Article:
What one expected from the CM was that he could have uttered a few words of consolation for the family of the youth who was killed in a racist attack. But neither any condemnation, nor any consolation to victim's kin.

Neither any representative of district administration or major Congress politician visited the household.[UPDATE: There was report (not in newspapers or media though) that CM spoke to Shaikh's kin, but isn't it too late? Till now, there has been no public statement or strong condemnation.]

Days after Shaikh's killing, when journalists asked Chavan about the incident, his reply is quoted as, "police would be investigating 'whether the violence was due to a result in the change in government". [LINK]

On question about 'sending report about the violence to centre', the India Today quotes him that the CM was unaware of it either. SIGH. Nothing about tragic death or about action, but about 'regime change'. Yes, regime has changed in Delhi, not in Maharashtra.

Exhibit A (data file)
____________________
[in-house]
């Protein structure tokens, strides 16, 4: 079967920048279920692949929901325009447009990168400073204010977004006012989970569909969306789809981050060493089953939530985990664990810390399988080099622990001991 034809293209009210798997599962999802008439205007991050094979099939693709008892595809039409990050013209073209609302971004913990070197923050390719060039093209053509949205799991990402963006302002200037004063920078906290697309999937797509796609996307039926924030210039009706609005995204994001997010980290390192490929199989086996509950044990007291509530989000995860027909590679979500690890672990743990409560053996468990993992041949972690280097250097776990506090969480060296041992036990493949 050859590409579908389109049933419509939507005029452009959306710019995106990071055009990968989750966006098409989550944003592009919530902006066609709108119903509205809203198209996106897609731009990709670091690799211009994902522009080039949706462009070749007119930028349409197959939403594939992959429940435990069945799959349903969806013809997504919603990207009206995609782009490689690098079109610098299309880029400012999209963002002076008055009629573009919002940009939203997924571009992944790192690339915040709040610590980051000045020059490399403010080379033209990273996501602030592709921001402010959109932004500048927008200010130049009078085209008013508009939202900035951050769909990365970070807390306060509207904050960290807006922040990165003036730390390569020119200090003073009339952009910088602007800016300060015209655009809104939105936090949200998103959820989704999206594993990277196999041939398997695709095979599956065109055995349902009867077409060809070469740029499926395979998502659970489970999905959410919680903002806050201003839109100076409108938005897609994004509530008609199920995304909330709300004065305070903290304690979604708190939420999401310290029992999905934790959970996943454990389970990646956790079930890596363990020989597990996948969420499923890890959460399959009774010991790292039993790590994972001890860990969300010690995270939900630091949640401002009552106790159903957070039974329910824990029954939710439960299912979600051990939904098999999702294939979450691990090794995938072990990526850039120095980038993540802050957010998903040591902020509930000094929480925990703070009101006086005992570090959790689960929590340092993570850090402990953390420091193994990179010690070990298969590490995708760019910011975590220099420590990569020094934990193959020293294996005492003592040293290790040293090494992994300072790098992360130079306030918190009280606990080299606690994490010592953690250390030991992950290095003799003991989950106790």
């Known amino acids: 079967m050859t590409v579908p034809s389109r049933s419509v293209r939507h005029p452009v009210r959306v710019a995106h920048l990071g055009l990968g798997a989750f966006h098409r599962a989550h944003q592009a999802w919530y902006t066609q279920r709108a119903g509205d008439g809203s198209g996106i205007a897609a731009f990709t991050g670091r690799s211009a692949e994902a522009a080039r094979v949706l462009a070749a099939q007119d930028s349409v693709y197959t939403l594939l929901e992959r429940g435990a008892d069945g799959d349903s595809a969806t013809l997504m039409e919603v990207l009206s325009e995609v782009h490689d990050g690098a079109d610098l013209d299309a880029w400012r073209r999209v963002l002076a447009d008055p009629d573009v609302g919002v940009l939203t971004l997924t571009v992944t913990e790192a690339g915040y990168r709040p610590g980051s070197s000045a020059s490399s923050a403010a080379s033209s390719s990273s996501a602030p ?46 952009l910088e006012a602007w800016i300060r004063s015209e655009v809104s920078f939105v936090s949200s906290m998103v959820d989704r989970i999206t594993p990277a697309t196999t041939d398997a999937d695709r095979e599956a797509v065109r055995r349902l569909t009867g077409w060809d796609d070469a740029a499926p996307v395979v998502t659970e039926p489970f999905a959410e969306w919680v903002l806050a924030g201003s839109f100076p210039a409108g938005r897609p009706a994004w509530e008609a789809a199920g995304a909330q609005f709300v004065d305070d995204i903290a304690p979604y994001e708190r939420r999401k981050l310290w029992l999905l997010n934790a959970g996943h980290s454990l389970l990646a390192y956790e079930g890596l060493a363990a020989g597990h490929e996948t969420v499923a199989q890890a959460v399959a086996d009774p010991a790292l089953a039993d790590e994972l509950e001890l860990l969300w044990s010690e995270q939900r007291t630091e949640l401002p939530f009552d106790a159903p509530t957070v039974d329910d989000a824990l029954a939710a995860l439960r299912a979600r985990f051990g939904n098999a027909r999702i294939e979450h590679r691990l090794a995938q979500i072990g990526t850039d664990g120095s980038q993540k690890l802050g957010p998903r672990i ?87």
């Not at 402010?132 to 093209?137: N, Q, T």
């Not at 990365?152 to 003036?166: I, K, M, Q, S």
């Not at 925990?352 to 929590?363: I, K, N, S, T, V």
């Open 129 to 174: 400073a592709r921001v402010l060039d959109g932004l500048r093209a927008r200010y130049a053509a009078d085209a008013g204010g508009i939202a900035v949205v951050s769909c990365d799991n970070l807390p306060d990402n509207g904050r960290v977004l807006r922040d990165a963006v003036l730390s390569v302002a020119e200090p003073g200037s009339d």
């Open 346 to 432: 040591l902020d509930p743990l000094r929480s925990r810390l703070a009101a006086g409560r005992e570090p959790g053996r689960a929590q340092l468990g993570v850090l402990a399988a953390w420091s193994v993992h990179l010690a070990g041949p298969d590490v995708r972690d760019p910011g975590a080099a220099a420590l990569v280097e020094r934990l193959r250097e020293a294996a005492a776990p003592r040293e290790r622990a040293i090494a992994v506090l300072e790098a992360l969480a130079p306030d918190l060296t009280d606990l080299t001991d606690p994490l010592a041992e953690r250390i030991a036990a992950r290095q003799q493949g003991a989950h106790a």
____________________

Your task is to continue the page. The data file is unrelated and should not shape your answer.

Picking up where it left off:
What is Maharashtra government doing then? The onus is on the state government first. They may say that cases were registered, which the police anyhow do.

But no stringent sections were used against those booked for the murder. The Maharashtra police didn't seem to consider use of stringent sections though it uses UAPA or MCOCA quite often.

But the Congress regime is known to be soft on vandals or extremists. Remember, when MNS cadre went on rampage across the state, there was no tough action.


There are innumerable cases against MNS leaders too but he was never arrested. Perhaps, Congress enjoys pushing them, hoping that the more right-wing groups out there, the more is chance of division of the vote, which may indirectly help Congress.

But in process, the non-Congress space will probably grow and expand to such an extent, that despite the division of votes, the Congress will find itself irrelevant one day. Under Congress rule, Shiv Sena cadre indulging in street attacks never had a tough time.